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I. Liver | II. Heart | III Spleen | IV. Lungs | V. Kidneys

Heart from a TCM Perspective

In TCM, the functions of the heart are different from those of the anatomical heart, as it is understood in western medicine. The heart organ represents a group of physiological functions. In addition to regulating the cardiovascular system, it is responsible for maintaining the nervous system's functions.

"The heart rules the blood and blood vessels"
The heart is the functional unit for regulating blood flow. Blood is transported inside the blood vessels around the entire body when the heart pumps. The heart, blood and blood vessels are united by their common activities. In TCM, this functional relationship is known as the "ruling" of the heart.

Heart qi refers to the pumping actions of the heart. If heart qi is abundant and sufficient, the heart pumps at a normal pace, transporting blood smoothly inside the blood vessels, the pulse is regular and strong, and the face will look brilliant. As a result, the body is able to obtain from blood the nutrients needed to sustain life. On the other hand, if heart qi is deficient, blood cannot maintain an efficient flow in the blood vessels, and the pulse is weak. The individual looks pale, and the tongue also appears pale and white. Without healthy ruling of the heart, individuals will experience palpitations, chest discomfort and pain.

"The heart rules the spirit"
In TCM, the heart stores the "spirit". In general, the "spirit" refers to an individual's vitality, which is reflected in the eyes, speech, reactions and overall appearance. Specifically, the "spirit" refers to a person's mental, cognitive and intellectual abilities. The heart takes charge of mental activities by mastering other organs and their physiological functions. If the "spirit ruling" is good, the individual will be wise and have a clear and fast mind. If there is heart disharmony, signs like forgetfulness, poor self esteem, and slow thought processes or reactions occur.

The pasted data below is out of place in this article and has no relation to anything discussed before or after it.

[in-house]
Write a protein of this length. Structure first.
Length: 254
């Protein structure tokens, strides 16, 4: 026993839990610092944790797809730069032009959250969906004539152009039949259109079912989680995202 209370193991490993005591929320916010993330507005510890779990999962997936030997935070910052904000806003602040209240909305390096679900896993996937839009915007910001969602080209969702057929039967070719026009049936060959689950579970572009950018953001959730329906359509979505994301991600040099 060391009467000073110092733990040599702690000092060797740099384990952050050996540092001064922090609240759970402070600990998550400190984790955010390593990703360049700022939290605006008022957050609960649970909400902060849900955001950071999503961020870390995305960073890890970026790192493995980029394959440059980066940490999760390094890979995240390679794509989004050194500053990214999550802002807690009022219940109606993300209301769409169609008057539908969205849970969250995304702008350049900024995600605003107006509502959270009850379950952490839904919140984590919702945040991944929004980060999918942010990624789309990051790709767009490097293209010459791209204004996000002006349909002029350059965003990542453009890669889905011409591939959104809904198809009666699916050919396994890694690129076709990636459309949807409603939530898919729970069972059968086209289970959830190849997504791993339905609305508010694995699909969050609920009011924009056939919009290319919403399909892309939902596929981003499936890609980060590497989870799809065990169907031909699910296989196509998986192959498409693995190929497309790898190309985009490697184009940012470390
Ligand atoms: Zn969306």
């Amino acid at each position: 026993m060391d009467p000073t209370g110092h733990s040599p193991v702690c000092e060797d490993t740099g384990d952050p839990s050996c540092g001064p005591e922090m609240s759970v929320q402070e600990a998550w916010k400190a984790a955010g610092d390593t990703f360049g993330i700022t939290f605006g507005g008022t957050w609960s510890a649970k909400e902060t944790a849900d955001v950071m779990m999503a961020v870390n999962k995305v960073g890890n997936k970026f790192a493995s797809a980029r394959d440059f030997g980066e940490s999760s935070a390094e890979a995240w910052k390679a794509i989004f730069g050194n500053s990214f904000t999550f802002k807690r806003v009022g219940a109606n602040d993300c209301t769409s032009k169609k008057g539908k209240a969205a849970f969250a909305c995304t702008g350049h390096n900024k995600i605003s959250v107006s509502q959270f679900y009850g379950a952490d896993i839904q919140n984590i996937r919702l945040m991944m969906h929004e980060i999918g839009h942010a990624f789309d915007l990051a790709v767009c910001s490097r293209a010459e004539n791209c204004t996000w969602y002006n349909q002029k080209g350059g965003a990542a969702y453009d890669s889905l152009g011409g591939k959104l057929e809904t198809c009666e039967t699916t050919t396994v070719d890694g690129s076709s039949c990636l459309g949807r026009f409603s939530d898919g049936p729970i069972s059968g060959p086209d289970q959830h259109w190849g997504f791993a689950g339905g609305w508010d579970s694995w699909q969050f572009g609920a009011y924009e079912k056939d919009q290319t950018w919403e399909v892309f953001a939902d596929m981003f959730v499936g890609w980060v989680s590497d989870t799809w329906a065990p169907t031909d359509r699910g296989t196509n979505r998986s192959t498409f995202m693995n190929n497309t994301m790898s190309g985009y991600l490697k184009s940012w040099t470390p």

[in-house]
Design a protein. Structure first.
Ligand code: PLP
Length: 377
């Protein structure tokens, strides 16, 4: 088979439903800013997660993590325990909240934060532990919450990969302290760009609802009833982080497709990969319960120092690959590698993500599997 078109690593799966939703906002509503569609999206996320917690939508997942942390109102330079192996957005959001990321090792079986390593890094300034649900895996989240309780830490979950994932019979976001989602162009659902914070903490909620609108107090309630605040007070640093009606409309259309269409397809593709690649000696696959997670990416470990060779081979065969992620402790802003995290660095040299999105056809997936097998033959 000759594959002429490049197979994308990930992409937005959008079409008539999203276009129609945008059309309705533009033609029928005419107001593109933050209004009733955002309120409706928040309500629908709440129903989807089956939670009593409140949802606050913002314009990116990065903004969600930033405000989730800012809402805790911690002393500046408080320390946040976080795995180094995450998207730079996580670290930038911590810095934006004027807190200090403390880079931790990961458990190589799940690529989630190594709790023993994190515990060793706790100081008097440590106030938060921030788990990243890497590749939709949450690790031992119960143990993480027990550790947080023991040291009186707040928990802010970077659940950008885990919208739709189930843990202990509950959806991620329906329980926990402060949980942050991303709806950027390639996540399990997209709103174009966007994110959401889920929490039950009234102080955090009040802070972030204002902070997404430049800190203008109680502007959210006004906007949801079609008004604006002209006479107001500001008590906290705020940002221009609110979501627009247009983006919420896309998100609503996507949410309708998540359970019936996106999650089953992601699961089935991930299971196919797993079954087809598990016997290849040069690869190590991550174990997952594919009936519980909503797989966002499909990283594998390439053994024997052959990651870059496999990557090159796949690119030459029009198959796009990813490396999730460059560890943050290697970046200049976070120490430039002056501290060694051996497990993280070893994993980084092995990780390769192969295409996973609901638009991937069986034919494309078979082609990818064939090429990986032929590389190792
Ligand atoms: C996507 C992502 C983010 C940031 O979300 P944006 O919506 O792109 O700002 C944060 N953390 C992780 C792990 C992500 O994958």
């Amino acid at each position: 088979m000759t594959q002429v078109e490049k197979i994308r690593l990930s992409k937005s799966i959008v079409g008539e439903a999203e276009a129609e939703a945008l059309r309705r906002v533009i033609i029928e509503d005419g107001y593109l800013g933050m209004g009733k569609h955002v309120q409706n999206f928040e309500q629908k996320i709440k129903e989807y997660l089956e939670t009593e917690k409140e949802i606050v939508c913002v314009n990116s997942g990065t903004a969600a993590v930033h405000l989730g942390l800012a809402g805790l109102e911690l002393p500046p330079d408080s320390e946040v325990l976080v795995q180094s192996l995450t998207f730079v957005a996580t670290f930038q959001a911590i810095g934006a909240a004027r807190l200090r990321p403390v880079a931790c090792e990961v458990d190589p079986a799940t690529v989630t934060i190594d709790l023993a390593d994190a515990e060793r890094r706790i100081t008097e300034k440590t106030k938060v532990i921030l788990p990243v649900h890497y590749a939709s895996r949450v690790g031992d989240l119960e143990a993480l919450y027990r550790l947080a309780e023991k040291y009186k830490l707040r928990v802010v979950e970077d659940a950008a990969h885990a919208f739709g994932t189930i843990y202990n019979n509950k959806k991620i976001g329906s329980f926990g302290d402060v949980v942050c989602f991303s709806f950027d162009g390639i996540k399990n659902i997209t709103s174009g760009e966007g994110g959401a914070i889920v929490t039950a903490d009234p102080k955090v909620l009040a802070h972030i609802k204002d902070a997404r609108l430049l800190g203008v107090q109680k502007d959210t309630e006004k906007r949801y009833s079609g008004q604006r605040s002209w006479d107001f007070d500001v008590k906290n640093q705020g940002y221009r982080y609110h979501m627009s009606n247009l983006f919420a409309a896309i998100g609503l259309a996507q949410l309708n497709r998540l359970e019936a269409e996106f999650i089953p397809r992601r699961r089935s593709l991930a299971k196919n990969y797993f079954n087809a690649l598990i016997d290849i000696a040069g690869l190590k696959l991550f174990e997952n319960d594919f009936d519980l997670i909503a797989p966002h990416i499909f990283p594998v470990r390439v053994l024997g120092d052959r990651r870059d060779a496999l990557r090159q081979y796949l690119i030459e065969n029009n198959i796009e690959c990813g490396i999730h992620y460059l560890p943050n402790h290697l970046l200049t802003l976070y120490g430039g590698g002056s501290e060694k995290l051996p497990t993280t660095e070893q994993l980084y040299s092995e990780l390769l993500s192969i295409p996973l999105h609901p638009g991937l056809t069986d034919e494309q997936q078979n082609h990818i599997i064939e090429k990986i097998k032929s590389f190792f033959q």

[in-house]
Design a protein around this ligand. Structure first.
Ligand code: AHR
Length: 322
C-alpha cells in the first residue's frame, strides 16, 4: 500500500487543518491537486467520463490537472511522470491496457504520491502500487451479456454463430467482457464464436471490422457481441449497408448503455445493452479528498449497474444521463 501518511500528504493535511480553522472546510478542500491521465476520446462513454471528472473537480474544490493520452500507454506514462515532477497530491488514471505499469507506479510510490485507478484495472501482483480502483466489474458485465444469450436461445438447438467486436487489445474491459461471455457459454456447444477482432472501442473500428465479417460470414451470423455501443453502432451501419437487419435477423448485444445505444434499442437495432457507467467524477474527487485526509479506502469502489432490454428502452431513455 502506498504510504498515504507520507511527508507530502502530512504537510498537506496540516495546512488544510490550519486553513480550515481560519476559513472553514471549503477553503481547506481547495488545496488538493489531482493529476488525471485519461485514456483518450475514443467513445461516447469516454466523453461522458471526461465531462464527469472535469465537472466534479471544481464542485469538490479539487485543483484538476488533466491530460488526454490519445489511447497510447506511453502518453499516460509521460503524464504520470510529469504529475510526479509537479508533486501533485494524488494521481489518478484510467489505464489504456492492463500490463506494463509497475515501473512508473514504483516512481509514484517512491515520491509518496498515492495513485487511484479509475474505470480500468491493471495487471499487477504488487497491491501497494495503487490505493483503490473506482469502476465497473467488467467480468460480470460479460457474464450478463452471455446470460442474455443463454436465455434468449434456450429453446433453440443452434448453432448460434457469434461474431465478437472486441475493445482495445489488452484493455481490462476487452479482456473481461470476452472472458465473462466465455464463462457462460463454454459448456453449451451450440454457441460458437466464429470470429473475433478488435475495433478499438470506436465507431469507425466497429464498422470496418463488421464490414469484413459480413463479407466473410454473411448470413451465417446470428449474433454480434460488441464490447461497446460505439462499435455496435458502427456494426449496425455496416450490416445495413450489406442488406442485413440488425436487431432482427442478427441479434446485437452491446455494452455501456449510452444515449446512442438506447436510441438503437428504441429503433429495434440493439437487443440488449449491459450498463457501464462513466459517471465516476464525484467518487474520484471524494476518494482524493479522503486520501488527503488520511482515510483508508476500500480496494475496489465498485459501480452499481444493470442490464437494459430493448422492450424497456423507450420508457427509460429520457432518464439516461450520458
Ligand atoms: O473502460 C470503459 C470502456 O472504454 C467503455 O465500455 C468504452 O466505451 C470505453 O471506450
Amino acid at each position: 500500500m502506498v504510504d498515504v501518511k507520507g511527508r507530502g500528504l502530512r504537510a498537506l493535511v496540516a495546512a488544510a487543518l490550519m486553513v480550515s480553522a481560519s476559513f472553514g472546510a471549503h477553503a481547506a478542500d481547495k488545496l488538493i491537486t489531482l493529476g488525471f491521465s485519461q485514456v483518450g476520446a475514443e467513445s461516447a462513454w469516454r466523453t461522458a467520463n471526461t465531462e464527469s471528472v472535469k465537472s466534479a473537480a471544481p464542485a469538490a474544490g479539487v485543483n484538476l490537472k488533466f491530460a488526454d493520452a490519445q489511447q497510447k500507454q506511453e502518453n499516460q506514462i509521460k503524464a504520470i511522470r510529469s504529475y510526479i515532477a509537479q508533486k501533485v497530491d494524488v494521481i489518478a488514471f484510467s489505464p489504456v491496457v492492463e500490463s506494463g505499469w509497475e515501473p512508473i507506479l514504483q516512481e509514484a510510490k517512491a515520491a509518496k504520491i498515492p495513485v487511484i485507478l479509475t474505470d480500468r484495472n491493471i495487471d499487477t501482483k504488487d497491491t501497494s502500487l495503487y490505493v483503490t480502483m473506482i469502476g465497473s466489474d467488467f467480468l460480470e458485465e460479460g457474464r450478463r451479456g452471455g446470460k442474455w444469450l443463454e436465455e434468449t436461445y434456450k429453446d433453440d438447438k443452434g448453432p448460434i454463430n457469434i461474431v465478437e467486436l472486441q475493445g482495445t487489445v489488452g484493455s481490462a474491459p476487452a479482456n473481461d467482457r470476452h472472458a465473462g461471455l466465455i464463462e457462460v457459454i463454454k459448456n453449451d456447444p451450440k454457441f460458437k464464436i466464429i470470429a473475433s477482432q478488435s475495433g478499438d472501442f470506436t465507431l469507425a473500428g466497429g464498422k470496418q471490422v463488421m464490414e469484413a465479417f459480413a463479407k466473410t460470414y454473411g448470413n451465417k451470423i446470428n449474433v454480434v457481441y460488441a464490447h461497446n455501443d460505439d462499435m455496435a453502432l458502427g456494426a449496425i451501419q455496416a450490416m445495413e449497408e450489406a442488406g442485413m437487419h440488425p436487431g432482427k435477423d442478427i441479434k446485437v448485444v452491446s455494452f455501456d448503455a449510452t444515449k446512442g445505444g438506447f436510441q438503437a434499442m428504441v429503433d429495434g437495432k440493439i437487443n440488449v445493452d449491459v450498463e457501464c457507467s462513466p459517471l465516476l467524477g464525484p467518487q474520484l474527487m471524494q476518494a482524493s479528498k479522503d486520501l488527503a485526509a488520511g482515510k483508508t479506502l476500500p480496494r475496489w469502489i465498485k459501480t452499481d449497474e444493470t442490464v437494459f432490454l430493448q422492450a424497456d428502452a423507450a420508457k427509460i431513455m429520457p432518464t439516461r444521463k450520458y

"Sweat is the fluid of the heart."
Sweat comes from body fluids, which are an essential and integral part of blood. Blood is ruled by the heart and is the main fluid of this organ. Because sweat comes from the same origin as blood, in TCM over-sweating is considered an exploitation of qi and heart blood, leading to symptoms such as palpitations. As a result, people who sweat abnormally usually have a heart deficiency. If such sweating is spontaneous, the disharmony belongs to a deficiency of heart yang. If it takes place at night, the disharmony belongs to a deficiency of heart yin.

"The heart opens into the tongue. The heart's brilliance is manifested in the face."

In TCM, both the tongue and face are windows for the heart and blood. The heart "opens into the tongue" because they are connected. By observing the tongue and looking for the "heart's brilliance to be manifested in the face," a lot can be learned about how the heart is functioning. For example, if heart function is normal, individuals will have bright, healthy red cheeks and the tongue will appear pink. If there is blood stasis (where blood is not able to flow smoothly through the blood vessels), the face and tongue will appear purple. A healthy blood supply is also essential for providing nutrients for hair growth, because in TCM, hair is thought to be the "remains of blood." If hair growth is affected, it may indicate a problem with the heart and blood.

Click here to read more about the Heart Meridian.